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Baji Quan (八极拳) is held in high esteem in the martial art world. A common adage among martial artists is that


"For ministers, Taji quan is used to rule the country.
For generals, Baji quan is used to defend the country."

which demonstrates the respect commanded by this style. The Yongzheng Emperor (Chinese: 雍正帝; pinyin: yōngzhèngdì; Wade-Giles: Yung Cheng T'i, Manchu: Hūwaliyasun Tob, Mongol:Nairalt Töv Khaan; 13 December 1678 – 8 October 1735) studied Baji and employed many bodyguards and trainers within the Royal household that have knowledge of Baji.

 1.  Wu Zhong
 2.  Li Shu Wen
 3.  Present

Wu Zhong

The roots of this style can be traced to the Mengcun (孟村) village of Cangzhou (沧州) in Hebei Province. Legend attributes the founder of both Baji and a related style, Pigua (劈掛拳) to Wu Zhong (吳鍾; 1712-1802), a Chinese Muslim from Houzhuangke village of Dayun county of Hebei province. Wu has initially learned the two styles from two Taoist monks Lai and Pi in 1727. Another version suggests that the teacher of Wu is a Taoist named Zhang, an abbot of Yueshan temple in Jiaozuo county of Hebei province. What is known is that Wu settled in Mengcun village of Cang county which eventually became the centre for baji quan.

Wu then taught his style to his daugther Wu Rong (吳蓉). She is considered to be the second generation student of the style. She taught her style as two separate systems: baji and pigua. She only taught Piquazhang to her students in the Luo Tong village and the baji style was taught only at Mong villiage. Other students of Wu include Li Da-Zhong. Li then taught his son Li Gui-Zhao. From this time, Baji was split into two distinctive branches. The first branch consists of members of the Wu family and their students - producing such notable practitioners as Wu Nan, Wu Shike and Ma Fengtu. Another branch was created when Wang Si studied bajiquan in Mengcun and transferred it to Zhang Keming from Luotong village, Zhang taught Huang Sihai and his own son Zhang Jingxing. Zhang Jingxing taught many people including his son Zhang Yuheng, Li Shuwen, Ma Yingtu and Han Huachen. Li, Ma and Han became extremely famous for their fighting skills and enhanced the reputation of Mengcun's bajiquan throughout China.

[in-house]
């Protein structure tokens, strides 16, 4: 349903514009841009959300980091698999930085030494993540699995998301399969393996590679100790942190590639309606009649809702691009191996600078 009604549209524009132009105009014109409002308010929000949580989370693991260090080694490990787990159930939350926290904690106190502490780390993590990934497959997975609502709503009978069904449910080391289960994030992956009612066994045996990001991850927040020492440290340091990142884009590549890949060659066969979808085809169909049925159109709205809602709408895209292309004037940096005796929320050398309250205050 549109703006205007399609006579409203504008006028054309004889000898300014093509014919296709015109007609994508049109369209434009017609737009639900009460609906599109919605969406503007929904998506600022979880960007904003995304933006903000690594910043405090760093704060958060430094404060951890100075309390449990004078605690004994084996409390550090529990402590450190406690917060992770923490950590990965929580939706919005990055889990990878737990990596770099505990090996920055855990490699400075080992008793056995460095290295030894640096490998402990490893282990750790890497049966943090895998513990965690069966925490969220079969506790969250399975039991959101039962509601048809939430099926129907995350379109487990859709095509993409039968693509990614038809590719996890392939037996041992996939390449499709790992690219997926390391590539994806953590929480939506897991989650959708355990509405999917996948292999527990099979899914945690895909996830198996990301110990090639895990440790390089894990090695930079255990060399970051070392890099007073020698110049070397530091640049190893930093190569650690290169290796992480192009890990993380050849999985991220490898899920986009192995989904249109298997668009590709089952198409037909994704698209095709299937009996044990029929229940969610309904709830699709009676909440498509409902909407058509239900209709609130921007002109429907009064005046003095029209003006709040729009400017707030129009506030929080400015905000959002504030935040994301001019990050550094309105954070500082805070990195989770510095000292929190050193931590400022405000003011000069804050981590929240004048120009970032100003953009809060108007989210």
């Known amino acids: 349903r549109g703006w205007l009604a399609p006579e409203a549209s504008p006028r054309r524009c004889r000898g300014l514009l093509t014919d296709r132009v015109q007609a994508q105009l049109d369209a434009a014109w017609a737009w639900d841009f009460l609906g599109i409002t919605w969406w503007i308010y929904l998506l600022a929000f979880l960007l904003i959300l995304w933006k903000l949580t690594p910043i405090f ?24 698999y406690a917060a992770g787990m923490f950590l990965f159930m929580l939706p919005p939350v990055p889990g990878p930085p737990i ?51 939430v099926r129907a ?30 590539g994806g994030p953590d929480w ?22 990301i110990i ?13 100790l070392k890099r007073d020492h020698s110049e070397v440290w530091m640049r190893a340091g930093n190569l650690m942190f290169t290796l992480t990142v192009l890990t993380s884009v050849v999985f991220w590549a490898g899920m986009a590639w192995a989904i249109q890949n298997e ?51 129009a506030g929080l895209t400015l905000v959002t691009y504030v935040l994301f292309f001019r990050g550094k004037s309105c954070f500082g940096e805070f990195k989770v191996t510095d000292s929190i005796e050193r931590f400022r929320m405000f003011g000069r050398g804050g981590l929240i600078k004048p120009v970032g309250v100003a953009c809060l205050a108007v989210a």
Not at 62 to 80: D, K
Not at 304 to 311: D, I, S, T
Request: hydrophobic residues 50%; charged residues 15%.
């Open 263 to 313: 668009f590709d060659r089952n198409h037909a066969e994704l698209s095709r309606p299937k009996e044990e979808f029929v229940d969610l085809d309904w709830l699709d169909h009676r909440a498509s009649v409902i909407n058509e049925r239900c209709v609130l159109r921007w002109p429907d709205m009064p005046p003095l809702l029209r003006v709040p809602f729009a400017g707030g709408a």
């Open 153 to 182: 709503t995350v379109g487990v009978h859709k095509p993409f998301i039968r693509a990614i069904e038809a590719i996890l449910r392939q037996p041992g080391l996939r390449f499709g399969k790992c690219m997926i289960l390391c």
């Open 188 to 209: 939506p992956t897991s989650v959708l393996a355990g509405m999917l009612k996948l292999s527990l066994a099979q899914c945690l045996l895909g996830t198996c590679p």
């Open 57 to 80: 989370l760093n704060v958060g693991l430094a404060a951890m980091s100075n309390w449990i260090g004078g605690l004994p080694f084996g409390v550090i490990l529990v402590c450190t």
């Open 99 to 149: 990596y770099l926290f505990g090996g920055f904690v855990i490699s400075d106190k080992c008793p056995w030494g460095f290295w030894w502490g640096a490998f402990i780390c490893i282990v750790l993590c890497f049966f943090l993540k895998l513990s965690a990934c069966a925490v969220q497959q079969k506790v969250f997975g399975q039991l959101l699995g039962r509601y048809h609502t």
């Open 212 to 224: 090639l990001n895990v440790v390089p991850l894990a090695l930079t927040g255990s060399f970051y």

Li Shu Wen (1864-1934)

Shen Chiang (神枪, Magical spirit spear) Li Shu-Wen (李书文; 李書文 ; 1864-1934) was a native of Zhangsa Village, Cang County of Hebei Province. He was a famous proponent of Baji, Pigua and the long spear. He was eventually appointed as the Chief Martial Arts Instructor to the Imperial Palace responsible for training both the Manchu Imperial attendants and eunuchs.

He has three famous students: Ho Tien-Kuo (霍殿閣, Huo Dian-Ge) served as a bodyguard to the last Emperor, Pu Yee; Li Chen-Wu (李健吾) was the bodyguard of late Mao Tse-Tung, leader of the communist party in China and Liu Yun-Chiao (劉雲樵) instructed the personal guards of the first Taiwanese president Chian Kai-Shek. Therefore, in modern times, this style is also referred to as the “Body Guard” style. Ma Feng Tu (馬鳳圖; 1888-1973) and Ma Yin Tu (馬英圖;1898-1956) introduced Ba Ji fist into Nanjing Kuo Shu Guan (南京國術館; central Chinese Martial Arts Academy) as a core requirement. This further popularized the system.


Present Day

Liu Yun Qiao(1909-1992) is one of the last student of Li Shu-Wen. He founded the Wu-Tang Kuo Shu Association in Taiwan to promote the art of Baji. His students can be found all over the world.

Since the opening of China, the Wu Family of Cang County under the leadership of Wu Lian Zhi (吳連枝) is actively promoting this style.